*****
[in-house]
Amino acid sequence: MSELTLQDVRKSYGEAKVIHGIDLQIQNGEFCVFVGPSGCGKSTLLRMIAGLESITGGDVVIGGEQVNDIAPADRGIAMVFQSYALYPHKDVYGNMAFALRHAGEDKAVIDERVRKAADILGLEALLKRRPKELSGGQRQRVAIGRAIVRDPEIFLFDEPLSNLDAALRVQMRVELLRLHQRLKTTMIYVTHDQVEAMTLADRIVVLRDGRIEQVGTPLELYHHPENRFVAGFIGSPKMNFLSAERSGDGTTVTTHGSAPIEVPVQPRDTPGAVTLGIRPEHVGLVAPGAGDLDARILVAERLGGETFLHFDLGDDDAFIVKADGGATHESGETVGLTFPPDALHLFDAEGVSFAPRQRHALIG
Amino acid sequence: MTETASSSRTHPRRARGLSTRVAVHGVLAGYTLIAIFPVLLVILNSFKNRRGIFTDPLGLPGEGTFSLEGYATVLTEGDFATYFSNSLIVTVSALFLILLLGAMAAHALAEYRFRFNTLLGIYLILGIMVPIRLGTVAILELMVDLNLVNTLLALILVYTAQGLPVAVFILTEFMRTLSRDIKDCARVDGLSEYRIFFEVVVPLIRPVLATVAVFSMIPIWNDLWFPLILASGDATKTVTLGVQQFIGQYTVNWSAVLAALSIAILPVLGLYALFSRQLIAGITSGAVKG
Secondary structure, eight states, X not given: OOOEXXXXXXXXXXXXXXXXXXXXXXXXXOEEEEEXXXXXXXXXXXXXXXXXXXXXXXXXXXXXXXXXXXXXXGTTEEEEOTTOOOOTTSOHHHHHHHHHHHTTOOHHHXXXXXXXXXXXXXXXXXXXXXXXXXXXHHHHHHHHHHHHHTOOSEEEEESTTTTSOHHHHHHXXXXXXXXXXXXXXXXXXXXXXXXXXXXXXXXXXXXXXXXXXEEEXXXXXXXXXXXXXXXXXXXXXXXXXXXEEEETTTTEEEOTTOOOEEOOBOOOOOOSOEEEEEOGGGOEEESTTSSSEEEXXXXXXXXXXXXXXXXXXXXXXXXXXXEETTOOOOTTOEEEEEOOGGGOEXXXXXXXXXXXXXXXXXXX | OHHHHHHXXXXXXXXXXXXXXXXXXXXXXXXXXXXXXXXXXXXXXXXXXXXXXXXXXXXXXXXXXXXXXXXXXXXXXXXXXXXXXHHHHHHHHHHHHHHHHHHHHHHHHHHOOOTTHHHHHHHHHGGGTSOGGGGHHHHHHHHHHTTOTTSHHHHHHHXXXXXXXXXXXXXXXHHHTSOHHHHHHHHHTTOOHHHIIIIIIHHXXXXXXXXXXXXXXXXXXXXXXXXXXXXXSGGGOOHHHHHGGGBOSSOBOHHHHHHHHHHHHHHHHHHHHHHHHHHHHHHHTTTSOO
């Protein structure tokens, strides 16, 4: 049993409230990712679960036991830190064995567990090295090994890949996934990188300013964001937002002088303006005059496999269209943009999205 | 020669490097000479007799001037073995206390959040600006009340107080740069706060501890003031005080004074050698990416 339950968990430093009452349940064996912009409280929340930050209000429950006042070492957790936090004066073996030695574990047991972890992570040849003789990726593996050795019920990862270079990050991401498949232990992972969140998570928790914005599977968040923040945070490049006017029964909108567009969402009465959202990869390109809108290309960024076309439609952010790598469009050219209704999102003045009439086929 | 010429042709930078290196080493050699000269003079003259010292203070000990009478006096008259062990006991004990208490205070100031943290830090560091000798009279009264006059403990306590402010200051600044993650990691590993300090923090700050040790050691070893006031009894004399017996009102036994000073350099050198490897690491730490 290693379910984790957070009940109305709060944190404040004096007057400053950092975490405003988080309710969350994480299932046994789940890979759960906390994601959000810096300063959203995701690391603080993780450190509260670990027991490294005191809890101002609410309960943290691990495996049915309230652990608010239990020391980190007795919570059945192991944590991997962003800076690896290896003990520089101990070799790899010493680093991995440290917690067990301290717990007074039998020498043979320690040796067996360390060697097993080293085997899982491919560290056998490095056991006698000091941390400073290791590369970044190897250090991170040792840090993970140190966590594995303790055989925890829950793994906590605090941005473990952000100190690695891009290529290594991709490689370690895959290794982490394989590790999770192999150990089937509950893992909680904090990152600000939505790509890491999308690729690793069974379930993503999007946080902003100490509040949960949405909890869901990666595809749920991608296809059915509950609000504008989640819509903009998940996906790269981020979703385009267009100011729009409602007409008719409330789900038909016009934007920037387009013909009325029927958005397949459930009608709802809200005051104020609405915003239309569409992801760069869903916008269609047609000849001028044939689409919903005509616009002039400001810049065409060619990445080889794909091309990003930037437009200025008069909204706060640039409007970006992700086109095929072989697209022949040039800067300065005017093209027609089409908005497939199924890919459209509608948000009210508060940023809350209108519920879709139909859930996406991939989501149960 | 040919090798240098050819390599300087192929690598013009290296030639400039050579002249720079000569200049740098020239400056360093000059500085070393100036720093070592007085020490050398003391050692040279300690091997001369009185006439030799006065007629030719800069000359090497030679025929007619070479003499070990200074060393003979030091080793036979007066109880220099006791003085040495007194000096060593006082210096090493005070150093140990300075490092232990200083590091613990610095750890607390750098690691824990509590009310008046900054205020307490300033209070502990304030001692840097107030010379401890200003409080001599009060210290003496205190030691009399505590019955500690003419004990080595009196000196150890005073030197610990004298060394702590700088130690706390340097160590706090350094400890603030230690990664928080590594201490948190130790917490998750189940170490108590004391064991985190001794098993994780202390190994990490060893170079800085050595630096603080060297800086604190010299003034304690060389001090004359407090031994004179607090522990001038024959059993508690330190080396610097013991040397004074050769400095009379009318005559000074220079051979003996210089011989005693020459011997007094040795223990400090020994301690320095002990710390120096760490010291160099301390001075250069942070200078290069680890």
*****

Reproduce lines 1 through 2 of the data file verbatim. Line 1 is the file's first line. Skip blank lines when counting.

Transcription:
[in-house]
Amino acid sequence: MSELTLQDVRKSYGEAKVIHGIDLQIQNGEFCVFVGPSGCGKSTLLRMIAGLESITGGDVVIGGEQVNDIAPADRGIAMVFQSYALYPHKDVYGNMAFALRHAGEDKAVIDERVRKAADILGLEALLKRRPKELSGGQRQRVAIGRAIVRDPEIFLFDEPLSNLDAALRVQMRVELLRLHQRLKTTMIYVTHDQVEAMTLADRIVVLRDGRIEQVGTPLELYHHPENRFVAGFIGSPKMNFLSAERSGDGTTVTTHGSAPIEVPVQPRDTPGAVTLGIRPEHVGLVAPGAGDLDARILVAERLGGETFLHFDLGDDDAFIVKADGGATHESGETVGLTFPPDALHLFDAEGVSFAPRQRHALIG